Interview with Angela Davis

What was the importance of the coalition that made your ultimate legal victory possible? What was the importance historically to this period? What was that coalition?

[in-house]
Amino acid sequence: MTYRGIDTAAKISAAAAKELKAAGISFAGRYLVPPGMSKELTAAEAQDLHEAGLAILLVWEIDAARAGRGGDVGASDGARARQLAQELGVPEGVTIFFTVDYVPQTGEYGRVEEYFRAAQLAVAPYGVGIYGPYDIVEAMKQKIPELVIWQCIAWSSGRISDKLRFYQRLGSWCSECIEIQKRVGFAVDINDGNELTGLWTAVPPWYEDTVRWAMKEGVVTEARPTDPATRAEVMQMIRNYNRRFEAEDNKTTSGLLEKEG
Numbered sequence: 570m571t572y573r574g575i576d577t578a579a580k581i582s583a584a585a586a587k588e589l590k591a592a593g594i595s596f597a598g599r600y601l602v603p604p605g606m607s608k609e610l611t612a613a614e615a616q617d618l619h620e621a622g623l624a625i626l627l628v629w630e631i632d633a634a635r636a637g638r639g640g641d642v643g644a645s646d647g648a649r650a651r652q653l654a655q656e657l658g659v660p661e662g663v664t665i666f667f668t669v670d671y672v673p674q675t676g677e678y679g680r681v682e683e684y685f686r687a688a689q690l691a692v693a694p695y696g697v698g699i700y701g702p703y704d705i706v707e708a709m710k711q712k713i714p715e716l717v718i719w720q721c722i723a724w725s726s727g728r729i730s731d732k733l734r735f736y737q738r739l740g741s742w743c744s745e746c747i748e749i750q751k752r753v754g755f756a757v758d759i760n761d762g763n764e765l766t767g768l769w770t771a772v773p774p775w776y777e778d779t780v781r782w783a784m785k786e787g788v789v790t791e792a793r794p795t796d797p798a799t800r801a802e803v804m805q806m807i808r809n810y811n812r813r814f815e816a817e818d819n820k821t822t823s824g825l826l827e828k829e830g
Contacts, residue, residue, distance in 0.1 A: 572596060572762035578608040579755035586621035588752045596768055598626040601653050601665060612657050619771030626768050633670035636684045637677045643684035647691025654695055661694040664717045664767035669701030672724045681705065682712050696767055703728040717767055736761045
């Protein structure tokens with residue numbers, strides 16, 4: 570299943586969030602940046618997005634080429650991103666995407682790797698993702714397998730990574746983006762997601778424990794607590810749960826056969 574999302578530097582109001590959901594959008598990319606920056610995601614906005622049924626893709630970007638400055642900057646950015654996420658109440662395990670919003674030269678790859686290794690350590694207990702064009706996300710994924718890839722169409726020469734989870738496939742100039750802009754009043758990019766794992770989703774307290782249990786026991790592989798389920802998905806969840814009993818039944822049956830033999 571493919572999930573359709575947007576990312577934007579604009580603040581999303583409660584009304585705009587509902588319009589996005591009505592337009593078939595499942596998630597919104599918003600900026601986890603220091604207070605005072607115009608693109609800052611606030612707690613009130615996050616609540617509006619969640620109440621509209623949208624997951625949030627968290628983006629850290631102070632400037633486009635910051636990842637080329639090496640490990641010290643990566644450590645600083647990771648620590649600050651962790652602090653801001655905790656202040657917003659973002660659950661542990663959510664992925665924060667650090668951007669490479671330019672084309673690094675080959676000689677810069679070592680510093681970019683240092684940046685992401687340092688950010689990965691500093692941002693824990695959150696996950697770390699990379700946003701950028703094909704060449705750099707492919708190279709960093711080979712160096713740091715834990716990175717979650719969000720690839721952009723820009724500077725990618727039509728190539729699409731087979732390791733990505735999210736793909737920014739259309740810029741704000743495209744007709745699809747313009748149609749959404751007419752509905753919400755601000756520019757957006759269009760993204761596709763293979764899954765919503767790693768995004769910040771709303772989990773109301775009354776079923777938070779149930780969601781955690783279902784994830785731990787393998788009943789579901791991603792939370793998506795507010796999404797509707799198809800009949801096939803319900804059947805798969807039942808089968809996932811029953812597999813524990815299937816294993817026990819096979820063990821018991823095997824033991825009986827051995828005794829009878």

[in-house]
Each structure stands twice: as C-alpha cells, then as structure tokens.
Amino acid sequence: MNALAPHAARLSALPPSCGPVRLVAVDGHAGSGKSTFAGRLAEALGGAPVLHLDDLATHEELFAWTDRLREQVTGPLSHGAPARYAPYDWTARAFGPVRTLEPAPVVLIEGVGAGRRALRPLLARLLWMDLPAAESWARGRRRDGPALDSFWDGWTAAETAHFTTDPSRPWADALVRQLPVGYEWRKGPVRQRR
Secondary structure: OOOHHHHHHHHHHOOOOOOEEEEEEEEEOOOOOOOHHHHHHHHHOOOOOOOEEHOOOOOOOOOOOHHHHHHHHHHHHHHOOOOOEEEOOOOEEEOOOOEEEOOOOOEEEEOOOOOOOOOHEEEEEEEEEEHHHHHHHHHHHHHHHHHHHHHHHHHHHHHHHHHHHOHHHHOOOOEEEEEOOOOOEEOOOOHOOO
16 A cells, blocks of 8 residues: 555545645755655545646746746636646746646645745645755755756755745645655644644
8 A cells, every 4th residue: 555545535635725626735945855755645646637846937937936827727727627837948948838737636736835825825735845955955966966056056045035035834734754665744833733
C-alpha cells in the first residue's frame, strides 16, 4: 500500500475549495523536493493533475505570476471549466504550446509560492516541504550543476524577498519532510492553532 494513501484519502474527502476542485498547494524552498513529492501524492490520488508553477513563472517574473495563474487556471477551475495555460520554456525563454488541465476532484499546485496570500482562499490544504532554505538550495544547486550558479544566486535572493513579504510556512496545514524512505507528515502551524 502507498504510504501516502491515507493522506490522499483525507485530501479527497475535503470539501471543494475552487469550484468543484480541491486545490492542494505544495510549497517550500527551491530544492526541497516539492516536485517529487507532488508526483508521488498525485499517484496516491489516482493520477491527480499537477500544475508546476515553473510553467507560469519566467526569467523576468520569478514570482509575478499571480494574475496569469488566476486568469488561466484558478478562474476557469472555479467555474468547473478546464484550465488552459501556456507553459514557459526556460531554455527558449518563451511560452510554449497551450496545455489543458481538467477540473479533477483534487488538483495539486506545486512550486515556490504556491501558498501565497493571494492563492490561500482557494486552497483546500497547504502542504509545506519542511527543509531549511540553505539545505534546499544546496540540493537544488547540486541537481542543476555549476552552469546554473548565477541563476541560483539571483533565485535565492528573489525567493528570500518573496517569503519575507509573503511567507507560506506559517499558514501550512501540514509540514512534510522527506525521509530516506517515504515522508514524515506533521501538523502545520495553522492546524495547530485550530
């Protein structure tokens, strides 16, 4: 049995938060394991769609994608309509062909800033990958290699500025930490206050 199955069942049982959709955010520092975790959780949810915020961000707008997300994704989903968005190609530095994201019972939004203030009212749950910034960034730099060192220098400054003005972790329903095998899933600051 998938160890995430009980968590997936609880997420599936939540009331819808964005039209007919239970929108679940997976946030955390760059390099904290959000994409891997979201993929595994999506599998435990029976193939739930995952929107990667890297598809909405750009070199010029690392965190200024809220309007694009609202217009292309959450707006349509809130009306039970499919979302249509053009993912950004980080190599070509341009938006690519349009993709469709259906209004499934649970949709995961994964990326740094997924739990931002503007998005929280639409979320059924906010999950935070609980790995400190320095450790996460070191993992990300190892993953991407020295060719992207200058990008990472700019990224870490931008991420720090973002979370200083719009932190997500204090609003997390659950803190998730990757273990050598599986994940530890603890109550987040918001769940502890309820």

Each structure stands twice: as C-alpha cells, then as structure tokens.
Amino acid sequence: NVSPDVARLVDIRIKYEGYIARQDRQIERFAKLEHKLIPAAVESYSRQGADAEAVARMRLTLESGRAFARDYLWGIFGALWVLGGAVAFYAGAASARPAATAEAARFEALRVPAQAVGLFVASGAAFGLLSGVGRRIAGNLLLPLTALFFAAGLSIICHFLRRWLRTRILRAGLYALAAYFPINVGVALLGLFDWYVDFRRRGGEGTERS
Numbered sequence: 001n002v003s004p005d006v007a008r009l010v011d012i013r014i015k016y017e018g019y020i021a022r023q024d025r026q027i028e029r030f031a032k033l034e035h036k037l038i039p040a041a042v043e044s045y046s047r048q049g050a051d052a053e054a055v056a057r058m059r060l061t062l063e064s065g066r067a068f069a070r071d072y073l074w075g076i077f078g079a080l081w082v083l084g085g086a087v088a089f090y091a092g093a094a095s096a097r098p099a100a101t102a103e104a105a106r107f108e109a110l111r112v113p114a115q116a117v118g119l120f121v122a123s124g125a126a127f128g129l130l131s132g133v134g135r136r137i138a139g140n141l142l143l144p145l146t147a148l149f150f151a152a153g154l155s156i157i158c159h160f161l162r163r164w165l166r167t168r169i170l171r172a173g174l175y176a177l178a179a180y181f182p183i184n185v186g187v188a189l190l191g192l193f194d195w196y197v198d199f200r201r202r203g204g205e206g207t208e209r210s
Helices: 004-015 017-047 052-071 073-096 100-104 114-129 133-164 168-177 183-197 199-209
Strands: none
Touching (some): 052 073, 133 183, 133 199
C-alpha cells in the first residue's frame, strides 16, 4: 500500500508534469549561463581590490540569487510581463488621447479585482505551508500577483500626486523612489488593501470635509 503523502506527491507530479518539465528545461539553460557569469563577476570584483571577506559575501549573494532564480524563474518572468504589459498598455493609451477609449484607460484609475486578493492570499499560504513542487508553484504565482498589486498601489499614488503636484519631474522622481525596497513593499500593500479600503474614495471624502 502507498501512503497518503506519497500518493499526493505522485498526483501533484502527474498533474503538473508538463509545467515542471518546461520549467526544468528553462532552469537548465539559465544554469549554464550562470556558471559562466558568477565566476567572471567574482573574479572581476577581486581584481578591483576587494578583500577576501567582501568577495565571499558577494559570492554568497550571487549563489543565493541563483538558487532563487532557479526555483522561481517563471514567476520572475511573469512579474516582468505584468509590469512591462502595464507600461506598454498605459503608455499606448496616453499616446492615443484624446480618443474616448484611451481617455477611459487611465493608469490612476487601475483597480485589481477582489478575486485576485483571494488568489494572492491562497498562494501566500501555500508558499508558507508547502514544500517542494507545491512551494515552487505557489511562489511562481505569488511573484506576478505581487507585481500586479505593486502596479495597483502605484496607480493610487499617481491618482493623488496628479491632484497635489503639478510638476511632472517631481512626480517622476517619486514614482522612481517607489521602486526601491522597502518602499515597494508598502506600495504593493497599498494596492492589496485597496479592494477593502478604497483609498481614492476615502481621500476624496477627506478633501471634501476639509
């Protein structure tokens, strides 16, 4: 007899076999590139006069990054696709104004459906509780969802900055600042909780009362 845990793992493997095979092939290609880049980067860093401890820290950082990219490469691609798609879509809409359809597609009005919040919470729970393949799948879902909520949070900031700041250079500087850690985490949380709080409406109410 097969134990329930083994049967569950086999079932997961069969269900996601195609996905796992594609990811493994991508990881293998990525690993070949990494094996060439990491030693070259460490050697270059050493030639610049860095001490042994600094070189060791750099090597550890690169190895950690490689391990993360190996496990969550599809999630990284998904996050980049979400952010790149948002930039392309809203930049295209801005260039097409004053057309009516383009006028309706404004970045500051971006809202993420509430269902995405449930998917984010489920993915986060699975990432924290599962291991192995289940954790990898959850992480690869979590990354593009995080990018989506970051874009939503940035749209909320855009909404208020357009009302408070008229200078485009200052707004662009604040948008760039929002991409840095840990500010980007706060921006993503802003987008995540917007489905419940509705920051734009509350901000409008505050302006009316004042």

Well, there was a spontaneous response, ah, the spontaneous response was not sufficient to serve as the basis for a movement that had to endure, ah, two years of support activities. So that what was key to achieving my acquittal was the organizing, very serious organizing work that took place on a community basis, in factories, in churches, in schools, in every existing institution in our, ah, country. Some 250 committees were organized from one end of the country to the other. ah, and those committees were always multi-racial. The committee was a multi-racial community. It was a committee which brought together workers and students, a committee that brought together religious activists and people, ah, who might be involved in the women's movement, the peace movement. It was an important lesson because the lesson learned was that we could indeed be successful if we could bring together all of the progressive forces in this society. And of course I shouldn't be saying we because I sat in jail during the time all of this work was going on. I did have a part in, ah, developing the strategy both the legal strategy and the political strategy. And, ah, I was not always correct in the suggestions that I made. I can remember that I was opposed to organizing around a bail, ah, movement. Because at that particular time I was charged with three capital crimes. ah, and at that time of course if you were charged with a capital crime you were not eligible for bail. But there were those in the committee who argued that, a, a bail movement should be, ah, established. There might be people, for example, who would be willing to stand up for my right to bail but who might not yet be willing to call for my freedom outright. And I felt at that particular time that that was not a realistic goal because the legal possibilities of achieving bail did not exist. As it turned out I was wrong. Because, ah, ah, the California Supreme Court overturned capital punishment which made me then eligible for bail. In the meantime, ah, people all over the country and all over the world had gathered thousands and thousands of signatures so that as soon as the California Supreme Court overturned capital punishment, there were letters and telegrams and telephone calls flowing into the judge, who then did establish bail. But he set bail at $100,000 which was, ah, ah, absolutely exorbitant during that period. We didn't have $100,000. And a White farmer from a rural area of California came forth and said that he would put up his, ah, farm as bail.